Project Outcome

Introduction to Project Outcome

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About Project Outcome

Wherever public libraries are working, possibility lives. Project Outcome is a FREE toolkit designed to help libraries understand and share the impact of essential library services and programs by providing simple surveys and an easy-to-use process for measuring and analyzing outcomes. Project Outcome also provides libraries with the resources and training support needed to apply their results and confidently advocate for their library’s future.

While many public libraries collect data about their programs and services, what is often lacking are the data to indicate the benefits libraries are providing their communities, such as programs serving childhood literacy, digital and technological training, and workforce development. With Project Outcome, patron attendance and anecdotal success stories are no longer the only ways libraries can demonstrate their effectiveness. Developed by library leaders, researchers, and data analysts, Project Outcome is designed to give libraries simple tools and supportive resources to help turn better data into better libraries. 

Measuring outcomes helps libraries answer the question, “What good did we do?” An outcome is a specific benefit that results from a library program or service. Outcomes can be quantitative or qualitative, and are often expressed as changes that individuals perceive in themselves. Project Outcome helps libraries measure four key patron outcomes—knowledge, confidence, application, and awareness—in eight key library service areas:

  • Civic/Community Engagement
  • Digital Learning
  • Early Childhood Literacy
  • Economic Development
  • Education/Lifelong Learning
  • Health
  • Job Skills
  • Summer Reading

The Project Outcome toolkit provides libraries with FREE access to quick and simple patron surveys, an easy-to-use survey management tool to collect their outcomes, custom reports and interactive data dashboards for analyzing the data, and various resources to help move libraries from implementing surveys to taking action using the results. Libraries are encouraged to use their data to support and promote future action—from allocating resources more efficiently; to advocating new resources more effectively; to providing support for future library funding, branch activity reports, and strategic planning. For the first time, public libraries, whether they are new to outcome measurement or advanced in data collection, have free access to standardized outcome surveys and data analysis tools they can use to effect change within their communities and beyond.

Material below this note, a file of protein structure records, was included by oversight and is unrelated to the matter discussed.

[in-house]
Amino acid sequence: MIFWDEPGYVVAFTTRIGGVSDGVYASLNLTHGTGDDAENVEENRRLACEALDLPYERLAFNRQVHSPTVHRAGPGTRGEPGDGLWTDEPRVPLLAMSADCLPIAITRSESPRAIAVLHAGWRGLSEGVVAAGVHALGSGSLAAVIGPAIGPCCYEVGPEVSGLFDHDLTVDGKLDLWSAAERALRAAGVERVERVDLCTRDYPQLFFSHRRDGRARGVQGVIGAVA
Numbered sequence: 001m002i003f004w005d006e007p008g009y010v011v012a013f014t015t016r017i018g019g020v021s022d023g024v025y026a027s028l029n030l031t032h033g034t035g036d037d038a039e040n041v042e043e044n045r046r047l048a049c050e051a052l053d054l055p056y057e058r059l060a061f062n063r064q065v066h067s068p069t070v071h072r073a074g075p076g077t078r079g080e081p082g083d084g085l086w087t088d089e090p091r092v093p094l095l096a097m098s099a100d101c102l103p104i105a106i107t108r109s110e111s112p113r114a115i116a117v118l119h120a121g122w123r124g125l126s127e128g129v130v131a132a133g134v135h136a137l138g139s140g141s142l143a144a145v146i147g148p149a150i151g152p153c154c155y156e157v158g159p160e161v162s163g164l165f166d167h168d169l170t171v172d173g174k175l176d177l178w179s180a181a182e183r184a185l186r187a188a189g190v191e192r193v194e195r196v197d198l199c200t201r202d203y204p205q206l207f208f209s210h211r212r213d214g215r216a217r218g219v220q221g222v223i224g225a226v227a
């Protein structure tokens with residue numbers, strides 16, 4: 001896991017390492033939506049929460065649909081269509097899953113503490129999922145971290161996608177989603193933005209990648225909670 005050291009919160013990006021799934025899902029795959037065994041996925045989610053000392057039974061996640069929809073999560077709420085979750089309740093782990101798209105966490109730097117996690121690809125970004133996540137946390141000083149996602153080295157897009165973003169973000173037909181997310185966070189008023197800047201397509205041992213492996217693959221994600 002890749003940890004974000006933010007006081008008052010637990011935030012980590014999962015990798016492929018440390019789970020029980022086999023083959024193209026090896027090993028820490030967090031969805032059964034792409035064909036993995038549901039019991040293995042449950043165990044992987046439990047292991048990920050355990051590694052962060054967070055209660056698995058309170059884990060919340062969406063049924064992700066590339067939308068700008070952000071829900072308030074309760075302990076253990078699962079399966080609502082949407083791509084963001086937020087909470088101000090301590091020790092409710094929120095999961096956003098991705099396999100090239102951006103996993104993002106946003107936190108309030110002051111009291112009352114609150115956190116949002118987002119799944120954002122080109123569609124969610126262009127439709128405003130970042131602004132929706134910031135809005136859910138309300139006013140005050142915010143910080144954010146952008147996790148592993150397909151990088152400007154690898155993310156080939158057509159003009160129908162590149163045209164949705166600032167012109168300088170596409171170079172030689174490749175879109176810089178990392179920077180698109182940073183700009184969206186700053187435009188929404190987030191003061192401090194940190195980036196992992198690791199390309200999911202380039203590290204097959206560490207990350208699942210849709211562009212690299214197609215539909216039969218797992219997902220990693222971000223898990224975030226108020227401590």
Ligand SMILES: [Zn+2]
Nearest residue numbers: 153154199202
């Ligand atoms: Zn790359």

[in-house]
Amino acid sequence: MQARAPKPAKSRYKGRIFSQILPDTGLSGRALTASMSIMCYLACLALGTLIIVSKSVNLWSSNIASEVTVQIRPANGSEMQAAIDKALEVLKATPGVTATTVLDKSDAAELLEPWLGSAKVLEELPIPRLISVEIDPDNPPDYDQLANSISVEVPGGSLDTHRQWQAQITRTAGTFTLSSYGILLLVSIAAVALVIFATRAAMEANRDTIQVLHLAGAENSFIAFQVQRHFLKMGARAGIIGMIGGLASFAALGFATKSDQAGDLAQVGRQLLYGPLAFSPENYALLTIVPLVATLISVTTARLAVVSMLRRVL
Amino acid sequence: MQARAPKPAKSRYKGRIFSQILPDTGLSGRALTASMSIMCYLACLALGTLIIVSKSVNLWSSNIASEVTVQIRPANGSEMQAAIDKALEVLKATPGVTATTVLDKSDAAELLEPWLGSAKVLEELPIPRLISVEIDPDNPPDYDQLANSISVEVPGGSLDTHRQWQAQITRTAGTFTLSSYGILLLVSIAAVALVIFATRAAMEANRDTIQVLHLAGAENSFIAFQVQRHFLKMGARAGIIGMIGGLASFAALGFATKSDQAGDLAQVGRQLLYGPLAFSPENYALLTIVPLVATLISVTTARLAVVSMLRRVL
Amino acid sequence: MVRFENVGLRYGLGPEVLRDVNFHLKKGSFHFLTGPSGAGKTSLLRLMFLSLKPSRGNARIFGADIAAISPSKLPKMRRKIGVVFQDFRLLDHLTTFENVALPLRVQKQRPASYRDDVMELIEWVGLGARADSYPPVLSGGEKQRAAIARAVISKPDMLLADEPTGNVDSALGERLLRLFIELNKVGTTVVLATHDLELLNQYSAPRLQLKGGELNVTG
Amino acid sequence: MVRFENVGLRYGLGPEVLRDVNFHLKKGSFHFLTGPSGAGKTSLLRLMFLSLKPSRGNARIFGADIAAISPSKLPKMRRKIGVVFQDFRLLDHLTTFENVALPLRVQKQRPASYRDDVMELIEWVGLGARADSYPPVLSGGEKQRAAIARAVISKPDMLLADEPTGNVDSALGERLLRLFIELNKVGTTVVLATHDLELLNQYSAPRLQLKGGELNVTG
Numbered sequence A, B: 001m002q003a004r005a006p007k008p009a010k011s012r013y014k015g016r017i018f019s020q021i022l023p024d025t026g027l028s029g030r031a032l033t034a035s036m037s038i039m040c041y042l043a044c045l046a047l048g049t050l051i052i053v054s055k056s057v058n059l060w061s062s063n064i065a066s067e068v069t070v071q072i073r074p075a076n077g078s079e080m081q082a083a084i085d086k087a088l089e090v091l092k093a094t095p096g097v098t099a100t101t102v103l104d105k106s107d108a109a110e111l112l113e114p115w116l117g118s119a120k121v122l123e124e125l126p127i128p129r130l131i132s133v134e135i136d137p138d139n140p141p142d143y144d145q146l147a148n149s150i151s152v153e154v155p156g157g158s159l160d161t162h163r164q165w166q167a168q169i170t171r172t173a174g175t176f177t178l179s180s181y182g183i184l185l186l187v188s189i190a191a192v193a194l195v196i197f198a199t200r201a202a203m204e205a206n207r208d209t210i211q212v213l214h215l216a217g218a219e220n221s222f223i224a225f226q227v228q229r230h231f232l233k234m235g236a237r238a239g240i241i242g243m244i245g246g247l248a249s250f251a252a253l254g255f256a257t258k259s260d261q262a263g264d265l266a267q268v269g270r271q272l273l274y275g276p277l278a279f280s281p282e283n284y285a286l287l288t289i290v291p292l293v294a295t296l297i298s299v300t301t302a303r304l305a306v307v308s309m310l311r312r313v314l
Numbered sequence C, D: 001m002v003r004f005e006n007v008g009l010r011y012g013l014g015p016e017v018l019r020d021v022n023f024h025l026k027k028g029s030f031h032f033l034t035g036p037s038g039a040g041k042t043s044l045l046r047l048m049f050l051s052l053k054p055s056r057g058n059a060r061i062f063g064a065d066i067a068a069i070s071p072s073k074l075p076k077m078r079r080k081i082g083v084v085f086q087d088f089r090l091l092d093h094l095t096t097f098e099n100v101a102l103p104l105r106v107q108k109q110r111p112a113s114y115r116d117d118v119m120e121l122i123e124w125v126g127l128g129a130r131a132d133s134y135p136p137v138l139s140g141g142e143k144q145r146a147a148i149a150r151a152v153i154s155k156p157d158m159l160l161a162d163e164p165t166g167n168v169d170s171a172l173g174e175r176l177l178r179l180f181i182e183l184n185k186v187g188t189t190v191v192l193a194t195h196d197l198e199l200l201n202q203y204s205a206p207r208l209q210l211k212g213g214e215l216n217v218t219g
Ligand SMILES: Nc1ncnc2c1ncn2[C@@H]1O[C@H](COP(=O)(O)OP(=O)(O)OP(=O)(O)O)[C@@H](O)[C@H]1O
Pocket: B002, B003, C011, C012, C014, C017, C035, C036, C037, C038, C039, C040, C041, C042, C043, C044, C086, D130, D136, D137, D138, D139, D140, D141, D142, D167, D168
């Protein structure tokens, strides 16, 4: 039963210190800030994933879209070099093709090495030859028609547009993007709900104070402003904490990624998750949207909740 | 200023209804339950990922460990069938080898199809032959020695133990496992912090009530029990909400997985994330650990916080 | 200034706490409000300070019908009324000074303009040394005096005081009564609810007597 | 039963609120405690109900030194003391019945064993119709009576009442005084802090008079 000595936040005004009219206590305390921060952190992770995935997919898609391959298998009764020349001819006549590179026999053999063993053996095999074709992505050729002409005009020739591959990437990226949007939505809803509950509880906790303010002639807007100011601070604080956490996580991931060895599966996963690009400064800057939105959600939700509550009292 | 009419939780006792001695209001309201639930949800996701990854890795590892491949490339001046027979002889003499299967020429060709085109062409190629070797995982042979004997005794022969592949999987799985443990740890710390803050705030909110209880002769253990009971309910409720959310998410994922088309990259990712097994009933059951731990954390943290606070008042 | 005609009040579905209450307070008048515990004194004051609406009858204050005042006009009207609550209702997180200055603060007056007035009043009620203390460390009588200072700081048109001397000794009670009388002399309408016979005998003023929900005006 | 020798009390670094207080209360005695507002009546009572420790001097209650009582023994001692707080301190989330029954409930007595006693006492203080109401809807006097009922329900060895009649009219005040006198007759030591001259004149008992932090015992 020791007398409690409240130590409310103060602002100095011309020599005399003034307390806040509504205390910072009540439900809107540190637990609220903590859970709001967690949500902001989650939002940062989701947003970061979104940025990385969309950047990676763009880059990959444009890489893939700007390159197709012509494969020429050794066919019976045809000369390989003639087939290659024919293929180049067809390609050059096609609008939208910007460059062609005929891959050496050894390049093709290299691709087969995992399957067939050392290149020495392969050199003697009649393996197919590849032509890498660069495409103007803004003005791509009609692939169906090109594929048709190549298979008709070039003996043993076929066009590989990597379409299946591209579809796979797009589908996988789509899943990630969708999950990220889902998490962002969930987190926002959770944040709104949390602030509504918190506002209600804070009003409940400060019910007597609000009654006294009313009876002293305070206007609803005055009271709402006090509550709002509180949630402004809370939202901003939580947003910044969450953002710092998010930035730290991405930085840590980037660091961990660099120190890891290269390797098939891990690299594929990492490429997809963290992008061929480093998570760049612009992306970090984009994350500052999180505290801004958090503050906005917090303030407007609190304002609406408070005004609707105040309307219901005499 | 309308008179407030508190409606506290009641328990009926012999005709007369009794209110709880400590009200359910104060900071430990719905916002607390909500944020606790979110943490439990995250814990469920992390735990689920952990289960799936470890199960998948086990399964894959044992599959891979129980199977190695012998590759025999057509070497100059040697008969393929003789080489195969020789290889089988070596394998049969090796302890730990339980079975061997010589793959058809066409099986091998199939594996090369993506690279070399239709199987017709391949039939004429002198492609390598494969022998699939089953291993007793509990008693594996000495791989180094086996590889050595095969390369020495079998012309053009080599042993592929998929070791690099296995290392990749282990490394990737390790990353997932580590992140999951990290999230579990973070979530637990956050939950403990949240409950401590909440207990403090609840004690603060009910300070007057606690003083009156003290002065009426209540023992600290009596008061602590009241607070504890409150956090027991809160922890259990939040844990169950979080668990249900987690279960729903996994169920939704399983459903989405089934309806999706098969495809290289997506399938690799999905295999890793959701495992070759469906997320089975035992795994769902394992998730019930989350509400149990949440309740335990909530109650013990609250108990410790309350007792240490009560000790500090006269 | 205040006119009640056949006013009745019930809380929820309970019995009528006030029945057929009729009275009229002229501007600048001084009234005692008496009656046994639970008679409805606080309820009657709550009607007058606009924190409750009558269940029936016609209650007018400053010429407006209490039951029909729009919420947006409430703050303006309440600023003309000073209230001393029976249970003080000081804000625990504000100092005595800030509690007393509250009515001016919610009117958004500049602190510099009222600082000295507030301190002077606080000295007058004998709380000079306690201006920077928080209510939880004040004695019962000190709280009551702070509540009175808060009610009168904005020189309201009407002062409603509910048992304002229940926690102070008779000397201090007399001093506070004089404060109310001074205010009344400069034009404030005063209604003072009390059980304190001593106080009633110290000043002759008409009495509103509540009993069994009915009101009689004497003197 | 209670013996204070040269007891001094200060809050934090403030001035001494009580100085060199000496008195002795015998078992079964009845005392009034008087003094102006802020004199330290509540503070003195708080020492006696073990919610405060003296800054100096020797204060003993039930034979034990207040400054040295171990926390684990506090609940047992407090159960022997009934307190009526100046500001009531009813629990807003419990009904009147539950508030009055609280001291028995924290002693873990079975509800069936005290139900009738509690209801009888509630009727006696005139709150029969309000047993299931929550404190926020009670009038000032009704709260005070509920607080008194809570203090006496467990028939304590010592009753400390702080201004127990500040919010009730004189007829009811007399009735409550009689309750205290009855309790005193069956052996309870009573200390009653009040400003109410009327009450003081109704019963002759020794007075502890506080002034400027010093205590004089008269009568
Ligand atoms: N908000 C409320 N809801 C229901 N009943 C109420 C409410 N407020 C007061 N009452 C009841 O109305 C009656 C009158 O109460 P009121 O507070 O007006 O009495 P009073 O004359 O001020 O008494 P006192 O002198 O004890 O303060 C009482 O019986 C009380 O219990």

More Information

Get started measuring outcomes at your library by creating an account at If you have questions, please contact

PLA Members Can Get Involved

Join PLA’s Data and Measurement interest group to connect with members interested in increasing their knowledge and skills related to library data, assessment, evaluation, and impact. Please note that participation in PLA interest groups is limited to PLA personal members and login through ALA Connect is required.*

Additionally, serving on a PLA committee is a rewarding experience that can help you expand your professional development and networking base.The Measurement, Evaluation, and Assessment Committee is charged with data-related activities that help strengthen and advance the public library field in providing services and programs to its patrons as well as communicating the value of libraries to internal and external audiences.

Performance Measurement Initiative

Project Outcome for public libraries is managed by PLA and builds upon a 2013 initiative led by then-PLA president Carolyn Anthony (former director, Skokie Public Library), who established a Performance Measurement Task Force to develop standardized measures of effectiveness for library services and promote training and implementation tools for using the data collected. The Task Force was comprised of a diverse group of public and state library leaders, consultants, data researchers, and analysts. After collecting outcome data from 2013 PLDS survey responses and conducting pilot tests in 27 libraries in late 2014, the Task Force identified the seven essential library service areas for Project Outcome to assess what could be easily and directly linked to improving or changing a patron's knowledge, confidence, application, and awareness.

PLA launched the Project Outcome Immediate Surveys and online toolkit in 2015 at the ALA Annual Conference in San Francisco. Upon release, the Task Force quickly started working on the next set of performance measures for libraries to capture community impact. Throughout 2015–2016, the Task Force developed and tested the Follow-Up Surveys that were released to the public in 2016 at the ALA Annual Conference in Orlando. 

The work of the Task Force caught the eye of the Bill & Melinda Gates Foundation. Their generous funding support has enabled PLA to accelerate and expand the reach of Project Outcome. PLA is dedicated to sustaining the project's work beyond the terms of the grant and aims to add Project Outcome to the long list of other successful PLA services, such as Every Child Ready to Read and Turning the Page.

*You will be asked to login with your ALA website login and password to confirm your current PLA personal membership. If you’ve forgotten your login information, you'll be able to retrieve your username/password or create a login if you don't have one from the "Login" page.